Once a week throughout the month, a different member from Team StarKid will share behind-the-scenes insight and backstage scoop with Playbill.com in the exclusive blog "A Summer With the StarKids." Here is the second blog from Robert Manion, an actor from the company of Twisted.
Click here for the first blog from lyricist Kaley McMahon.
Hello! I'm Robert. I'm one of the newest, youngest and Australian-est cast members of Team Starkid's Twisted: The Untold Story of a Royal Vizier.
At the moment, we're all pretty tuckered out from tech rehearsals and the first week of audiences — but it's that goofy/happy kind of exhaustion that comes from knowing you've accomplished something really special. Every show is such a pleasure to perform, and while I'm enjoying our days off and getting reacquainted with my good friend "Nap Time," the rest of the cast and I can't wait to get back into our acting hats, dancing shoes and singing onesies and continue with the run.
The atmosphere backstage with the StarKids is like one I've never experienced before. It really is like one big family, and it is immediately obvious why this group keeps coming back to work with each other time and time again. The enjoyment of a StarKid show doesn't just come from the performance itself, but from the collaboration and input of the entire creative team onstage and offstage during the preshow and post show (it's also a super cool gang to hang out with). Everyone's complete trust with each other really allows for maximum artistic fluidity and a complete sense of comfort when throwing ideas out into the open. It's an imaginative and productive process, which is really exciting for a performer.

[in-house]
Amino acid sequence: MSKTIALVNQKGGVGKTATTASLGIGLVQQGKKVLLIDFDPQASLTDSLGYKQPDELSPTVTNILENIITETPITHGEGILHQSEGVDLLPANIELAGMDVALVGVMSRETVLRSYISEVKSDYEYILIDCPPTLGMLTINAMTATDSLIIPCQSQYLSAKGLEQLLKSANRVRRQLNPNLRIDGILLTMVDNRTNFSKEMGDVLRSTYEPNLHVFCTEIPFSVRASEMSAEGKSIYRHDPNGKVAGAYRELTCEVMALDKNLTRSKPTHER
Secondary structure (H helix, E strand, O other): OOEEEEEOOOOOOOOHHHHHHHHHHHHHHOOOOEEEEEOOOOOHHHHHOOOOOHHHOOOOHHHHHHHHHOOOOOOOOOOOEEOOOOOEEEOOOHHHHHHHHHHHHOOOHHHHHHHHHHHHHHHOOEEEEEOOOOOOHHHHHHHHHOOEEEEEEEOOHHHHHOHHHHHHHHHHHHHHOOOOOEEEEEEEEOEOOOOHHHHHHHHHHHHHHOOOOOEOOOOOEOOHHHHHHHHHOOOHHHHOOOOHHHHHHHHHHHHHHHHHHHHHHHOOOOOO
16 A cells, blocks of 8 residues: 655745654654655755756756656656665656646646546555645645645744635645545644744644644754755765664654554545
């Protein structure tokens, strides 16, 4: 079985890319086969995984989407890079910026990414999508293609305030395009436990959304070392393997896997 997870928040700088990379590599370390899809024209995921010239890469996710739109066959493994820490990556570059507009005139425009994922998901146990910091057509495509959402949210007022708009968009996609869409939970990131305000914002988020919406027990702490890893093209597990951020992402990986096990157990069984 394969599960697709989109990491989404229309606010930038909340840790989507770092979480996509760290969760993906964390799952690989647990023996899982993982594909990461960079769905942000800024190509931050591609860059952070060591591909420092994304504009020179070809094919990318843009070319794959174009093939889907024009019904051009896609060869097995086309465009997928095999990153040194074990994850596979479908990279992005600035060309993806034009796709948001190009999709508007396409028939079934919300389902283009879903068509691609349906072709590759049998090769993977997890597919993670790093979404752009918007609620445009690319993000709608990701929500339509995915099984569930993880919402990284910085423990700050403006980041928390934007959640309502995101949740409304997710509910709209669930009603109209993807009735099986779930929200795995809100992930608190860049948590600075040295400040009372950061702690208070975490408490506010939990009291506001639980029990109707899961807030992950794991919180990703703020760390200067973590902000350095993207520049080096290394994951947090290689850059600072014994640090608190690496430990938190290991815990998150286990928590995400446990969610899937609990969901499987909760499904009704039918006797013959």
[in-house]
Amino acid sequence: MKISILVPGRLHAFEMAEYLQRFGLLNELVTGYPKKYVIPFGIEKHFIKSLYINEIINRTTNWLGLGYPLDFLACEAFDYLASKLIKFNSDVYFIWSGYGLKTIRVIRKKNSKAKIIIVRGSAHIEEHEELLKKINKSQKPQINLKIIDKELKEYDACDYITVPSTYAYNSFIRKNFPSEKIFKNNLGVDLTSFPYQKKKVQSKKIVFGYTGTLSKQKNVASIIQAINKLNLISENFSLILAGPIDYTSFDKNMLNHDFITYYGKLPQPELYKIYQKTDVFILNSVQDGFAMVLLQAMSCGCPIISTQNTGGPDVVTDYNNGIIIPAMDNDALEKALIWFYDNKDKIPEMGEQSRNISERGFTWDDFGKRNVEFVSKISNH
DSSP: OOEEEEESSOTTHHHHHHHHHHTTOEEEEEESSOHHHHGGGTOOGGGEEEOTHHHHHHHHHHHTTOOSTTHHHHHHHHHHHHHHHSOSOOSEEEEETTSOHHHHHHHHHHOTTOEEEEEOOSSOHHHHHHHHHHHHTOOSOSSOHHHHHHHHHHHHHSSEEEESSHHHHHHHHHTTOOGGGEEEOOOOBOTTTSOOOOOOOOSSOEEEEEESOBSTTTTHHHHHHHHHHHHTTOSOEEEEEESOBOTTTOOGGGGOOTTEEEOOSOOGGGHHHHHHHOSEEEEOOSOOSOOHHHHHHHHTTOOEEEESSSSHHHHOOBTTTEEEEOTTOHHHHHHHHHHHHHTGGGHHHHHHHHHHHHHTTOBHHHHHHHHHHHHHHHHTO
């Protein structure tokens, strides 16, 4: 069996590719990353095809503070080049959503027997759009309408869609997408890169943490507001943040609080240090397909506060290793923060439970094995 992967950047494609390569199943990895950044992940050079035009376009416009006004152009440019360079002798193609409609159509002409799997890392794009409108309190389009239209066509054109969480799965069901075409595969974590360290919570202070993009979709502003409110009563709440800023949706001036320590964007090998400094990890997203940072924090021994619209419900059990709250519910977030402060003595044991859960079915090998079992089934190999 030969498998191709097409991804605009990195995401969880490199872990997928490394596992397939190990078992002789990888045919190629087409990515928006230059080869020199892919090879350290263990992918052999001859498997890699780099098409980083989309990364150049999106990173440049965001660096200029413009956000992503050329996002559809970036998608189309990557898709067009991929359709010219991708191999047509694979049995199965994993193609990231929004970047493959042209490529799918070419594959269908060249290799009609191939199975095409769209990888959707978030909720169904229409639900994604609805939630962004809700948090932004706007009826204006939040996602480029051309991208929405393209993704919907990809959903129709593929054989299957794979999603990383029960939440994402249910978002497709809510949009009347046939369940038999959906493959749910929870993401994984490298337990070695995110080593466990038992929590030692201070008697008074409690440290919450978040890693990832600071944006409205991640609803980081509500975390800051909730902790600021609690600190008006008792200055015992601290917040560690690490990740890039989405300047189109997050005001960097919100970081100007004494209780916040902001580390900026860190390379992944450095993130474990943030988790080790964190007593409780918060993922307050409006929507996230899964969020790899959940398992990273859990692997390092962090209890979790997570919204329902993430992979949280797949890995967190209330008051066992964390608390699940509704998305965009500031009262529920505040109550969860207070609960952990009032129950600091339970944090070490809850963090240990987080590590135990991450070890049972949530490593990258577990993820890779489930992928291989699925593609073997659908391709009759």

Part of the production's enlivening nature is also due to the fact that it's an original work, naturally generating a lot more freedom to launch into the text and music with no preconception about how the show should look or sound. While it is a parody, the characters are written with sincere motivation and originality, providing lots of surprises for the audience and fun challenges for the creative team to reinvent this classic story of Aladdin.
It's such an energizing and incredibly inventive environment, and it hasn't been until these few days off that I've had the time to stop and realize what a whirlwind of adventure I've been lucky enough to fall into and really appreciate the amazing people I've been able to work with on this project. This talented group of writers, directors, actors and designers are damn good at their jobs, and I'm so grateful that fate threw these guys — whom I've grown to love so much — into my life!
I'm originally from Tasmania, a lonely piece of land shaped like a broken heart that lies just off Australia's southern coast (literally, the opposite side of the globe to the cornflake-shaped Illinois). So, while I had seen StarKid's work online before, even just from a geographical standpoint, I never considered the possibility of being involved with the University of Michigan-originated group.
Last year I began studying screen acting in Los Angeles, and I was going to America quite frequently. During that time, the StarKid members involved with A Very Potter Senior Year at LeakyCon 2012 heard some of my song writing, and we kept in contact over the winter. We admired each other's work, and that ultimately led to my audition and casting in Twisted.
Having no preconception about what the creative process with this company would be like was both relaxing and mildly terrifying. I didn't have any expectations of how the development of Twisted would compare to my theatre training and experience in Australia and whether there would be any sort of international barrier or clash of preparation technique. Fortunately, the main focus of a StarKid production is to guarantee that everybody is enjoying themselves, even if sometimes that means being a little silly.
The greatest jokes and characters in the show come from mucking around with voices and joking with each other. The real gift that Team StarKid has is being able to create a level of comfort in a rehearsal and performance space where everyone feels like they can be as inventive as possible and not feel embarrassed about the wild characters or ideas. It's such an invigorating performance experience and has made me 100 times more comfortable with myself — not only as a performer, but also as a human being embracing my individuality.
Less than a year ago, I was just an audience member and have somehow jumped the fence into the other paddock and am performing with people whose craft I respect so highly. What's even more awesome is finding out that they are just as wonderful and inspiring off-stage as well as on.